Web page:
4 Key Factors for Untangling Third Party Tee Time Marketing

Posted by Alex Lavoie on August 24, 2017

If there's one thing that is becoming more and more common place amongst Golf Managers, it's increasing frustration with third party tee time marketing. Vendors make big promises about their online booking markets saying you can improve course occupancy, get rid of low selling tee times, and improve visibility while turning a good profit. Unfortunately in a lot of cases these promises just don't come true. Many courses that have gone down the third party tee time marketing route have seen disappointing results and often feel trapped into using a bad tee sheet or golf POS.

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Despite the difficulties golf course managers face with some online booking providers, some advantages exist. Unfortunately, it takes research to choose the right one and time to be diligent as you go about using their services. But don't worry, if you're feeling overwhelmed, we want to help cut down on the workload. That's why we compiled this shopping list of factors to look out for when trying to increase tee time booking through a third party:


1. Exposure

What's the point of using a third party provider if they don't actually broaden your exposure to potential customers? Golf course managers already have good access to their existing database and markets, especially if their golf POS and online tee sheet can store customer emails and send mass emails to customer database. Any third party provider that markets directly to your customer database should be disregarded immediately - don't let them cannibalize sales from your loyal customers. Instead, a good third party reseller will be able to connect your course with new golfers who don't know about your course or wouldn't have previously considered your golf facility before. 

Knowing exactly how well a third party company can connect you with a new audience and actually increase tee time booking is pretty difficult, but there are some signs they are doing a good job:

  • Check how many other golf courses use third party tee time marketing in your area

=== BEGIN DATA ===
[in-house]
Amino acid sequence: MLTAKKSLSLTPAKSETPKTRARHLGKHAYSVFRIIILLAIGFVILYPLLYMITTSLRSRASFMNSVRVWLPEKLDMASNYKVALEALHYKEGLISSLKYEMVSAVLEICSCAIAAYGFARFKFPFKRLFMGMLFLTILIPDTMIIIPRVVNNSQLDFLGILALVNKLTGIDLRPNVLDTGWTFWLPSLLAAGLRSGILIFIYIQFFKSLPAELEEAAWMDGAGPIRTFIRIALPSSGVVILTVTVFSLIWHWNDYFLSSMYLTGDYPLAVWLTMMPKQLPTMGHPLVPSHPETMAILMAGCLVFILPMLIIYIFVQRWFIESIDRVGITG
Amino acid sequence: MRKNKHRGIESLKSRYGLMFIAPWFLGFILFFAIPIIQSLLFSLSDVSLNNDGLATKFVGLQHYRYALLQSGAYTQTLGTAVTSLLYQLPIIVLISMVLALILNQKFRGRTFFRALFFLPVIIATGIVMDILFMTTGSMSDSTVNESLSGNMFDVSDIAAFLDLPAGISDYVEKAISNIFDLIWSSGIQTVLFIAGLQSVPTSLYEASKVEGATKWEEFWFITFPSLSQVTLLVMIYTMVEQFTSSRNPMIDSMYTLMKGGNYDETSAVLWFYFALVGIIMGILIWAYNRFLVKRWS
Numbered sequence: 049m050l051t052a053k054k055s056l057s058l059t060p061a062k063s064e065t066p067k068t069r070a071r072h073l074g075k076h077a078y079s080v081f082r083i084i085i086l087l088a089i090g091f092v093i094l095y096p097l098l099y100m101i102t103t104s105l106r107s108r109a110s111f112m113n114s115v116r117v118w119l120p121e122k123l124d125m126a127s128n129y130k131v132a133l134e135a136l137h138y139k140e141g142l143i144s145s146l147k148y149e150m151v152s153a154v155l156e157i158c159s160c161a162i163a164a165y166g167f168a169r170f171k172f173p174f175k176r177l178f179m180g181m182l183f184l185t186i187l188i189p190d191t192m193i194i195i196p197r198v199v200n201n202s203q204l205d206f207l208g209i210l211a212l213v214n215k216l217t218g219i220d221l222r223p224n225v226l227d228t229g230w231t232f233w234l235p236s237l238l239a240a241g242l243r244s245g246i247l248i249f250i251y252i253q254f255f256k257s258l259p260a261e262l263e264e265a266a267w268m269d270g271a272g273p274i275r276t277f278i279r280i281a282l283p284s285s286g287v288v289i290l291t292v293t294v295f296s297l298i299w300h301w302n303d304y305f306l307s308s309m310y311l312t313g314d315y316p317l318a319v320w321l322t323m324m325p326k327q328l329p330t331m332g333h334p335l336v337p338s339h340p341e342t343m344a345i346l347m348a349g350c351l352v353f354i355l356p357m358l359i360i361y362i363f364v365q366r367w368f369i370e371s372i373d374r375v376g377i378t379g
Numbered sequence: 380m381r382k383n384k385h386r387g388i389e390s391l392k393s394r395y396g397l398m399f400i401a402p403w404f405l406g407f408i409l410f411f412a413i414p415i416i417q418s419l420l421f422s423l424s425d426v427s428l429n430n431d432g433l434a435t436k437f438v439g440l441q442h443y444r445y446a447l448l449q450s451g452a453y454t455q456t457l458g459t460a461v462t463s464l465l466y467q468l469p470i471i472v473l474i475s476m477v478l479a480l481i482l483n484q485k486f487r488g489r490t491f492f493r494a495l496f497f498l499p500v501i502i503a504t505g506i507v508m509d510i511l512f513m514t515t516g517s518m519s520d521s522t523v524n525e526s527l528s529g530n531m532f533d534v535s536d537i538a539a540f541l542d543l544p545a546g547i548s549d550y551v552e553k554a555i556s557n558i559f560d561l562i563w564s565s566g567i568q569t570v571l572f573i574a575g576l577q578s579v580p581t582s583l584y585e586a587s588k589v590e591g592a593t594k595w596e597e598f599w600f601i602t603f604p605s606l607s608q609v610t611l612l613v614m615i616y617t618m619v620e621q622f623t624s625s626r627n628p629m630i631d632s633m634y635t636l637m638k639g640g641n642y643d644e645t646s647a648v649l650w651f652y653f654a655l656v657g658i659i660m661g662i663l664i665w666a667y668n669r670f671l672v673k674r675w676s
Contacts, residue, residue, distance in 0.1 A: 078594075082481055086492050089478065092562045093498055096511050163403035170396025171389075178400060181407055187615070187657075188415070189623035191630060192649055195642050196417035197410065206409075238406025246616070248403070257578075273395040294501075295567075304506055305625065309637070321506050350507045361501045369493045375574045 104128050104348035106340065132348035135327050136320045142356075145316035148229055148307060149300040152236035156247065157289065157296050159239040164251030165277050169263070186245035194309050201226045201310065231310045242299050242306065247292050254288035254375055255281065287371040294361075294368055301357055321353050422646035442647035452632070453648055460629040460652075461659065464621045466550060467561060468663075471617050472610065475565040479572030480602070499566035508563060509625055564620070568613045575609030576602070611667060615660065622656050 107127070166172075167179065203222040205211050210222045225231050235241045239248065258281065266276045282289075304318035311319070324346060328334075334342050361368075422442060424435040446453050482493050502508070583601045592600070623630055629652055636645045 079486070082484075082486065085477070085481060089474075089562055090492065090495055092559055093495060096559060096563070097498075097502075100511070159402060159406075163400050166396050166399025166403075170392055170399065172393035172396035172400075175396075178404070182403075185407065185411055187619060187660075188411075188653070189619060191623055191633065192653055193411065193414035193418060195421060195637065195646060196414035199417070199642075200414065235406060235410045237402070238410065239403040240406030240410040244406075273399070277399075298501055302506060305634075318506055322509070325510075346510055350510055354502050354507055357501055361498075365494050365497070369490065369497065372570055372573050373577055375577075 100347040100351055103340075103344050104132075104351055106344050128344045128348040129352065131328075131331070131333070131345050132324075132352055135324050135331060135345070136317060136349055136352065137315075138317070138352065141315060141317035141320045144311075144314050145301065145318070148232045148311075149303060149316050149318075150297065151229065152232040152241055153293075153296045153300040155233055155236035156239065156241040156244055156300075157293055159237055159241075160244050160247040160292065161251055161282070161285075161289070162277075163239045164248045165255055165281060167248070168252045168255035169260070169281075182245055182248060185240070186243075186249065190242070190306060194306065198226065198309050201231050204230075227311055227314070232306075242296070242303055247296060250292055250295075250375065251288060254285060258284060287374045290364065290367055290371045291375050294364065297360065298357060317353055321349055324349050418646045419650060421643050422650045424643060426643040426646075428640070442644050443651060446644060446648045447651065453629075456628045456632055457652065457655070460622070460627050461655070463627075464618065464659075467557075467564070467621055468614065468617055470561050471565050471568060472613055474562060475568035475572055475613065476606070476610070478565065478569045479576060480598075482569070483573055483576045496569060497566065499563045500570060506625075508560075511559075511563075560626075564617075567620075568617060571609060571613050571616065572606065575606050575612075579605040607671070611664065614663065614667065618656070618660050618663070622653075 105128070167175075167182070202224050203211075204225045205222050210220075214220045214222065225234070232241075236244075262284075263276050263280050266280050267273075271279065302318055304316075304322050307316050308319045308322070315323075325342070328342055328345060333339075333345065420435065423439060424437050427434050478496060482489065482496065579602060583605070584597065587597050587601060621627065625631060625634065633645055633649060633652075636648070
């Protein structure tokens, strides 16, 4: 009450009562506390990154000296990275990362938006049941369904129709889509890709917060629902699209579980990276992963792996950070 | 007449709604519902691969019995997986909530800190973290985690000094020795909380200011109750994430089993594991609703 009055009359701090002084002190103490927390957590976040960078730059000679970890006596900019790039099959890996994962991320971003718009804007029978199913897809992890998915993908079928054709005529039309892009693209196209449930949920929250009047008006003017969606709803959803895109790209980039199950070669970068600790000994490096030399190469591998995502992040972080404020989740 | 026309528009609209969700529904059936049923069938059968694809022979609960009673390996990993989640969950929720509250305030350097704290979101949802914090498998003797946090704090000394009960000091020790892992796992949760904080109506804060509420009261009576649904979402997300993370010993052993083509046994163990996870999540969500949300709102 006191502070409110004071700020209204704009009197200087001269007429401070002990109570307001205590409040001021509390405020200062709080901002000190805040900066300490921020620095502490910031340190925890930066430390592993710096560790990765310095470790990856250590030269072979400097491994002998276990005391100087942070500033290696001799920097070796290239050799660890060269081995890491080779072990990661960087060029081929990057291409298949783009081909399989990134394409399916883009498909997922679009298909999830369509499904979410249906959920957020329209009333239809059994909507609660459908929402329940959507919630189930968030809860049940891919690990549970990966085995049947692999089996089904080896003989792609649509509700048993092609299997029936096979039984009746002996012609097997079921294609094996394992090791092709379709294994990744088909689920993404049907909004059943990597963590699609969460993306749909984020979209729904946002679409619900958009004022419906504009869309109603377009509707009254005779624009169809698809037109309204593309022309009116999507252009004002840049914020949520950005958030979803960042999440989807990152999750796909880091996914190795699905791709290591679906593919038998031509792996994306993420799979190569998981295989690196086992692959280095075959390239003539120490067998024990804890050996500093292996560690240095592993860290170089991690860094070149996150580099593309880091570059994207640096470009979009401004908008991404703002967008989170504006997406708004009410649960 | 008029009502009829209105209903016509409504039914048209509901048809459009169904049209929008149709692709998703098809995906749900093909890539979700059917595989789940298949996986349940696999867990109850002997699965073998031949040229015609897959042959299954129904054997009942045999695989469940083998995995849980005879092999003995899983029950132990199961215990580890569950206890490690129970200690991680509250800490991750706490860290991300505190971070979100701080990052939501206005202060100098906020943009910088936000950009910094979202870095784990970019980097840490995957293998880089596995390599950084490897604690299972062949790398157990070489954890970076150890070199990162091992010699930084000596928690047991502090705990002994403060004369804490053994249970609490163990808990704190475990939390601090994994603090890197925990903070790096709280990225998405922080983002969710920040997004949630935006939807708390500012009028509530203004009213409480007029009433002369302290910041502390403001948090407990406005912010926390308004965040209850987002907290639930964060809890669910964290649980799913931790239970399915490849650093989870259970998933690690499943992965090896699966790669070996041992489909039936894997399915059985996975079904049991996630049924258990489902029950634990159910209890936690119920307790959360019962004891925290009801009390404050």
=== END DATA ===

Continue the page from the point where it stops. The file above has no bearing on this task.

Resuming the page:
• Check their reach on Facebook, Twitter, and Instagram

  • Interview another golf course that uses their services 

Doing this research can help give you an idea of which third party tee time seller is best while giving you an idea of whether these providers will connect you to new audiences while integrating with good software.

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2. Control  

Golf course managers often cite lack of control as one of the major problems they have with third party tee time marketing. Often, these golf directors feel forced into a contract they wish they hadn't entered, especially if they are required to use sub-par tee sheet software that impose unfair barter deals that deeply cut into inventory and revenue. There are two factors you want control for when selling through a third party reseller:

  • Pricing

Some resellers won't allow you change your prices and lock you into to an inflexible situation whereby you can't make adjustments as the season progresses. Not to mention that some third party resellers are known for deeply undercutting prices that they force golf course to lock in, sometimes by up to 60%. This can cause devastating cannibalization and even threaten the financial stability of a golf course.

  • Time

Does the reseller allow you to choose when your discounted tee times will sell on the market place? If your goal is to sell off tee times at a time of day that is less popular, you want to make sure this option is available. Don't go with a reseller that will only fill up and potentially cannibalize revenue from the best tee times of the day.

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3. Reputation & Flexibility

Let's face it, some third party resellers are so big they come off as impersonal bullies that small time golf course managers are forced to deal with. This doesn't have to be the case if you do your research. Look for a third party market that serves its customers well, has a good reputation, and doesn't take advantage of the little guy. Doing your homework, and talking with other golf managers are ways to research the information you need.

If you are going to go with a third party reseller, don't get caught up in a long term contract. Getting involved in a bad deal you can't get out of will hurt your revenue over an extended period of time. Make sure you're allowed to test the waters with your potential reseller otherwise the risks are just too high.

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4. Opportunity cost

This is easily one of the most important factors. If you are bartering tee times in exchange for software services, or are selling tee times at a discount over a service, you absolutely need to know how much of an opportunity cost your are gaining or losing by engaging in third party tee time marketing. Golf managers can look at certain metrics that help determine opportunity cost. Revenue per Available Round (RevPAR) compared between days when tee times are sold through resellers and days when they are only sold through the pro shop can help determine whether you are benefiting or losing. 

Pay close attention to how much revenue your reseller is taking, some courses end up giving huge chunks from tee time sales, sometimes up to 60%. If your third party reseller provides tee sheet and POS software in return for bartered tee times, make sure that the reseller won't overly cannibalize your sales by undercutting your prices by a wide margin.

 

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Liked this topic? Check out our podcast for insights from golf industry heavyweight Matt Welliver where he unravels the complicated web of online tee time distribution.

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